OP22 Antibody decay, T cell immunity and breakthrough infections following SARS-CoV-2 vaccination in infliximab- and vedolizumab-treated patients
Lin, S.(1,2);Kennedy, N.A.(1,2);Saifuddin, A.(3,4);Muñoz Sandoval, D.(5);Reynolds, C.J.(5);Seoane, R.C.(6);Kottoor, S.H.(4);Pieper, F.P.(5);Lin, K.M.(5);Butler, D.K.(5);Chanchlani, N.(1,2);Nice, R.(2,7);Chee, D.(1,2);Bewshea, C.(2);Janjua, M.(1,2);McDonald, T.J.(7);Sebastian, S.(8,9);Alexander, J.L.(4,10);Constable, L.(4);Lee, J.C.(11,12,13);Murray, C.D.(11);Hart, A.L.(3);Irving, P.M.(14,15);Jones, G.R.(16,17);Kok, K.B.(18,19);Lamb, C.A.(20,21);Lees, C.W.(16,22);Altmann, D.M.(6);Boyton, R.J.(5,23);Goodhand, J.R.(1,2);Powell, N.(4,10);Ahmad, T.(1,2);
(1)Royal Devon and Exeter NHS Foundation Trust, Gastroenterology, Exeter, United Kingdom;(2)University of Exeter, Exeter Inflammatory Bowel Disease and Pharmacogenetics Research Group, Exeter, United Kingdom;(3)St Marks Hospital and Academic Institute, Gastroenterology, London, United Kingdom;(4)Imperial College London, Metabolism- Digestion and Reproduction, London, United Kingdom;(5)Imperial College London, Infectious Disease, London, United Kingdom;(6)Imperial College London, Immunology and Inflammation, London, United Kingdom;(7)Royal Devon and Exeter NHS Foundation Trust, Biochemistry- Exeter Clinical Laboratory International, Exeter, United Kingdom;(8)Hull University Teaching Hospitals NHS Trust, Gastroenterology, Hull, United Kingdom;(9)University of Hull, Hull York Medical School, Hull, United Kingdom;(10)Imperial College Healthcare NHS Trust, Gastroenterology, London, United Kingdom;(11)Royal Free London NHS Foundation Trust, Gastroenterology, London, United Kingdom;(12)University of Cambridge, Cambridge Institute of Therapeutic Immunology and Infectious Disease- Jeffrey Cheah Biomedical Centre, Cambridge, United Kingdom;(13)The Francis Crick Institute, Genetic Mechanisms of Disease Laboratory, London, United Kingdom;(14)Guy's and St Thomas' NHS Foundation Trust, Gastroenterology, London, United Kingdom;(15)King's College London, School of Immunology & Microbial Sciences, London, United Kingdom;(16)Western General Hospital- NHS Lothian, Gastroenterology, London, United Kingdom;(17)The University of Edinburgh, Centre for Inflammation Research- The Queen’s Medical Research Institute, Edinburgh, United Kingdom;(18)Royal London Hospital- Barts Health NHS Trust, Gastroenterology, London, United Kingdom;(19)Barts and the London School of Medicine- Queen Mary, Centre for Immunobiology- Blizard Institute, London, United Kingdom;(20)Newcastle upon Tyne Hospitals NHS Foundation Trust, Gastroenterology, Newcastle upon Tyne, United Kingdom;(21)Newcastle University, Translational & Clinical Research Institute- Faculty of Medical Sciences, Newcastle upon Tyne, United Kingdom;(22)University of Edinburgh, Institute of Genetic and Molecular Medicine, Edinburgh, United Kingdom;(23)Royal Brompton Hospital and Harefield Hospitals, Lung Division, London, United Kingdom; CLARITY IBD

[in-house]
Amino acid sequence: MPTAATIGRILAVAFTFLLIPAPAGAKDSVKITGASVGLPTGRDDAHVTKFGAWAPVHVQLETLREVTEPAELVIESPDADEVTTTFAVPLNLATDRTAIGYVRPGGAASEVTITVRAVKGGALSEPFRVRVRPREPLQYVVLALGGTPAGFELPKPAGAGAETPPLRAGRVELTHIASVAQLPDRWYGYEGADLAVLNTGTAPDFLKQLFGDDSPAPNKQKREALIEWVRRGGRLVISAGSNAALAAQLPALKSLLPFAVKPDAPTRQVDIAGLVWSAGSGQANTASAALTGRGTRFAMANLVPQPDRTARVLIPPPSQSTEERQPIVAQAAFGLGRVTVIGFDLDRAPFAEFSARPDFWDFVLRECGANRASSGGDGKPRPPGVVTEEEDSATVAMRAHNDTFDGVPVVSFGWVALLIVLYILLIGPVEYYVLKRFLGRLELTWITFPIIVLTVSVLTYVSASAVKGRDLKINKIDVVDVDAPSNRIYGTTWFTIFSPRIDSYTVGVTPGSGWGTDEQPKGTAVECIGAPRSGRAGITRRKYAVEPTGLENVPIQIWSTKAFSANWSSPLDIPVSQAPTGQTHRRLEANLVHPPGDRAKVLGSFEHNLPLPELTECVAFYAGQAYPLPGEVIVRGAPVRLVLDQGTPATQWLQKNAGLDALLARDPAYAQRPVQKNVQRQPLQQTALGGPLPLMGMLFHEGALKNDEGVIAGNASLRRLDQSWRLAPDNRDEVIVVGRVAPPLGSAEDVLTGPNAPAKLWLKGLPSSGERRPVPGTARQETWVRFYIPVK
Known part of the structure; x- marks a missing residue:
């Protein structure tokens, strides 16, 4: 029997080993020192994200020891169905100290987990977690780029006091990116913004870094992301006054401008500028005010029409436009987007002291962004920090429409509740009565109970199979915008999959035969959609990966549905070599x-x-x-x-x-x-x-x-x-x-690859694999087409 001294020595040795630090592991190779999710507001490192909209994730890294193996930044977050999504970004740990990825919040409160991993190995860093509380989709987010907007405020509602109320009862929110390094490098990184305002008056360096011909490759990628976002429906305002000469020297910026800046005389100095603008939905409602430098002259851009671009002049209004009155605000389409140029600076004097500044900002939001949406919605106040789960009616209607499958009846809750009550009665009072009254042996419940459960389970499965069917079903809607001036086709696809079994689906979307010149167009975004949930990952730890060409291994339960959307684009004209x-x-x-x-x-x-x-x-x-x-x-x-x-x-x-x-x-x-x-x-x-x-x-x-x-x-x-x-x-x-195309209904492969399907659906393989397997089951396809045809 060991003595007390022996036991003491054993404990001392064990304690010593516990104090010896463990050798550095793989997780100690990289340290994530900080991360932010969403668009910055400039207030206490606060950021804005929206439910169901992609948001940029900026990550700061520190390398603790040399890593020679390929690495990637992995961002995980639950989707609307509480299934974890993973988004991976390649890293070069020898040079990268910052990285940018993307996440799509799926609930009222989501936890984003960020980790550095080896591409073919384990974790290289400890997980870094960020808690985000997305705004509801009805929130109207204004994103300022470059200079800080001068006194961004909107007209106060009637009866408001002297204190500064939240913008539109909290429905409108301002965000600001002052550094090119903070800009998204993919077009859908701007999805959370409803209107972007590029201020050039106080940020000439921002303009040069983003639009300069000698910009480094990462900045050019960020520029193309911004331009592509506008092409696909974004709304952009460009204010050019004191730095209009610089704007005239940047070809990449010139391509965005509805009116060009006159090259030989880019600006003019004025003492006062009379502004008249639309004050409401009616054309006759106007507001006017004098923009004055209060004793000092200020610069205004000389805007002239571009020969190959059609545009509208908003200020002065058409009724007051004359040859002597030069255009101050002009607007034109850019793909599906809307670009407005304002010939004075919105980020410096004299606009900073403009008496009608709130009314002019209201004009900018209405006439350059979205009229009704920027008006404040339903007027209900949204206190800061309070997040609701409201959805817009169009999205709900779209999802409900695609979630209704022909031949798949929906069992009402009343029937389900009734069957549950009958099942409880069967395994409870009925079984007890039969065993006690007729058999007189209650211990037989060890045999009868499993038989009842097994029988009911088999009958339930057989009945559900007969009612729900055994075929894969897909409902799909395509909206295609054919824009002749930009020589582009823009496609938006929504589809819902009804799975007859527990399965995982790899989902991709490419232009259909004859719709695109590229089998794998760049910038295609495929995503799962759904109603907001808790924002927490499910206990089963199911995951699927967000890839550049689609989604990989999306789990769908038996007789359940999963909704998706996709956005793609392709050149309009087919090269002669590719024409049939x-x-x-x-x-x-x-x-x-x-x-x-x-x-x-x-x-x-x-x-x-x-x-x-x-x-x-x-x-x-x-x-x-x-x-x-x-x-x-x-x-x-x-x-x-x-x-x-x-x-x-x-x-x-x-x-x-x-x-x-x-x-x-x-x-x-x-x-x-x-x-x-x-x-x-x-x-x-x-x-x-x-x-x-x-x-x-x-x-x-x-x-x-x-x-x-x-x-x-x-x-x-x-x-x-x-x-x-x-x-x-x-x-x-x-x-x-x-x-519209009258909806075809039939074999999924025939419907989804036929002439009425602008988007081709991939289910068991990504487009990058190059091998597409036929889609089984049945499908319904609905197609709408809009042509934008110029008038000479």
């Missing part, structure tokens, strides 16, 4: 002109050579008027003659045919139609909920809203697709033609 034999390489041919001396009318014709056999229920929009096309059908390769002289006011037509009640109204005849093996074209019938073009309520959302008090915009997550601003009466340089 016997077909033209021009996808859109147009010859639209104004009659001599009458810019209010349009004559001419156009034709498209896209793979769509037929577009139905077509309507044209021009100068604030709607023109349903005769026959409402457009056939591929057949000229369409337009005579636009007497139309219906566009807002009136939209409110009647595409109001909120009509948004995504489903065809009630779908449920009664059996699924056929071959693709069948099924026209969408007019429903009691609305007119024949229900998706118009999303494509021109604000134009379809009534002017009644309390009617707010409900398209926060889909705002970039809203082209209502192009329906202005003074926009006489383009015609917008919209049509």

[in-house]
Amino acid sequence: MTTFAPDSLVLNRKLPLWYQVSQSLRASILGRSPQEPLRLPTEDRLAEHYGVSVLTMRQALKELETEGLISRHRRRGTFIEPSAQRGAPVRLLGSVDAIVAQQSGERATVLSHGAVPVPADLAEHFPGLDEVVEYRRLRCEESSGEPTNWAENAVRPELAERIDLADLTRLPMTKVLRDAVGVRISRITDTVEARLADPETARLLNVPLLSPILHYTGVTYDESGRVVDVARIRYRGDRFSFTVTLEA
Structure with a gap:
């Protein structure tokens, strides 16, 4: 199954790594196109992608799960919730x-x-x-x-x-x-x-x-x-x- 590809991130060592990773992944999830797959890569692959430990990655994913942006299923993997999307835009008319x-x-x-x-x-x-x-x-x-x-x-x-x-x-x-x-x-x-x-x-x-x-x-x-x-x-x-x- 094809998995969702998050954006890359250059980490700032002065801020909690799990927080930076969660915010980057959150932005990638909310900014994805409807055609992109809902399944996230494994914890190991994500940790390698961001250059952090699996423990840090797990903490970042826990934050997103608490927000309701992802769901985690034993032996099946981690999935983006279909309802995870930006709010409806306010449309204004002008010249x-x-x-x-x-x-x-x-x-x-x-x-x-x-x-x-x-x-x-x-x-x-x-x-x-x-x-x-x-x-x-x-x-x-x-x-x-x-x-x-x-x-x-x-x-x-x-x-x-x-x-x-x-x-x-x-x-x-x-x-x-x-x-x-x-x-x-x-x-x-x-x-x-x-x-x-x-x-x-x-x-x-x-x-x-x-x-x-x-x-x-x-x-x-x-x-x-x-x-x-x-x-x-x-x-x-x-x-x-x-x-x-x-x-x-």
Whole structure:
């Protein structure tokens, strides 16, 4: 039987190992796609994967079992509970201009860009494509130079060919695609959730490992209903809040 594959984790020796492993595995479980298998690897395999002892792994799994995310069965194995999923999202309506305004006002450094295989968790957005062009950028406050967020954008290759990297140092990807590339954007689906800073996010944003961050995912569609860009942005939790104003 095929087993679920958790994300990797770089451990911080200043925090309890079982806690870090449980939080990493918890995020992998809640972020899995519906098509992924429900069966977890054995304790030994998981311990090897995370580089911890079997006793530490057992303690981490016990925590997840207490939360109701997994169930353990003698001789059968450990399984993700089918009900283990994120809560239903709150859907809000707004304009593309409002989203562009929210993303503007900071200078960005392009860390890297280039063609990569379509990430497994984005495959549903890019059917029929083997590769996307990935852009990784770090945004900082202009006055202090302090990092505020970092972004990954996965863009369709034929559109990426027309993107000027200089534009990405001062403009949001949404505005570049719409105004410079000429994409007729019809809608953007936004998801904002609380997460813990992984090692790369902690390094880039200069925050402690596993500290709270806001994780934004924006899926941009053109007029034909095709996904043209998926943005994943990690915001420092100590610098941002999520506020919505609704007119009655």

Antibody responses following SARS-CoV-2 infection or a single-dose of SARS-CoV-2 vaccine are impaired in patients with inflammatory bowel disease treated with anti-TNF compared to those treated with vedolizumab, a gut-selective anti-integrin α4β7 monoclonal antibody.
Here we sought to determine if patients treated with infliximab have attenuated serological and T cell responses and an increased risk of breakthrough COVID-19 infection following primary SARS-CoV-2 vaccination.
Anti-spike (S) receptor binding domain (RBD) antibody concentration in 2306 infliximab-treated patients were compared to a cohort of 1045 vedolizumab-treated patients. Our primary outcome was anti-S RBD antibodies 2 to 10 weeks after a second dose of the BNT162b2 or ChAdOx1 nCoV-19 vaccines. Secondary outcomes were anti-spike T cell responses, durability of vaccine responses and risk of breakthrough infections following two doses of vaccine.
Anti-S RBD antibody concentrations were lower in patients treated with infliximab than in those treated with vedolizumab, following a second dose of BNT162b2 (567.3 U/mL [6.1] vs 4601.1 U/mL [5.3], p <0.0001) and ChAdOx1 nCoV-19 (183.9 U/mL [5.0] vs 789.4 U/mL [3.5], p <0.0001) vaccines (Fig. 1).
Vaccination with the BNT162b2 vaccine compared to the ChAdOx1 nCoV-19 was independently associated with a 3.7-fold [95% CI 3.30 – 4.13] higher anti-S RBD antibody concentration (p < 0.0001) (Fig. 2).
There were no significant differences in the magnitude of anti-spike T cell responses observed in infliximab- compared with vedolizumab-treated patients after one or two doses of either vaccine.
Antibody half-life was shorter in infliximab- than vedolizumab-treated patients following two-doses of BNT162b2 (4.0 weeks [95% CI 3.8 – 4.1] vs 7.2 weeks [95% CI 6.8 – 7.6]) and ChAdOx1 nCoV-19 (5.3 weeks [95% CI 5.1 – 5.5] vs 9.3 weeks [95% CI 8.5 – 10.2], p value < 0.0001).
Breakthrough SARS-CoV-2 infections were more frequent (5.8% (202/3467) vs 3.9% (66/1691), p = 0.0032) and the time to breakthrough shorter in patients treated with infliximab than vedolizumab (p = 0.0023) (Fig. 3).
Higher anti-S RBD antibody concentrations following a second dose of SARS-CoV-2 vaccine protected against breakthrough SARS-CoV-2 infection: overall, for every 10-fold rise in anti-S RBD antibody level we observed a 0.8-fold reduction in odds of breakthrough infection ([95% CI 0.70 – 0.99], p = 0.035).
Infliximab was associated with attenuated, less durable vaccine induced anti-S RBD antibody responses and a 50% increase in breakthrough SARS-CoV-2 infection. Further follow-up is required to assess whether third primary doses can mitigate the effects of infliximab on anti-S RBD antibody responses.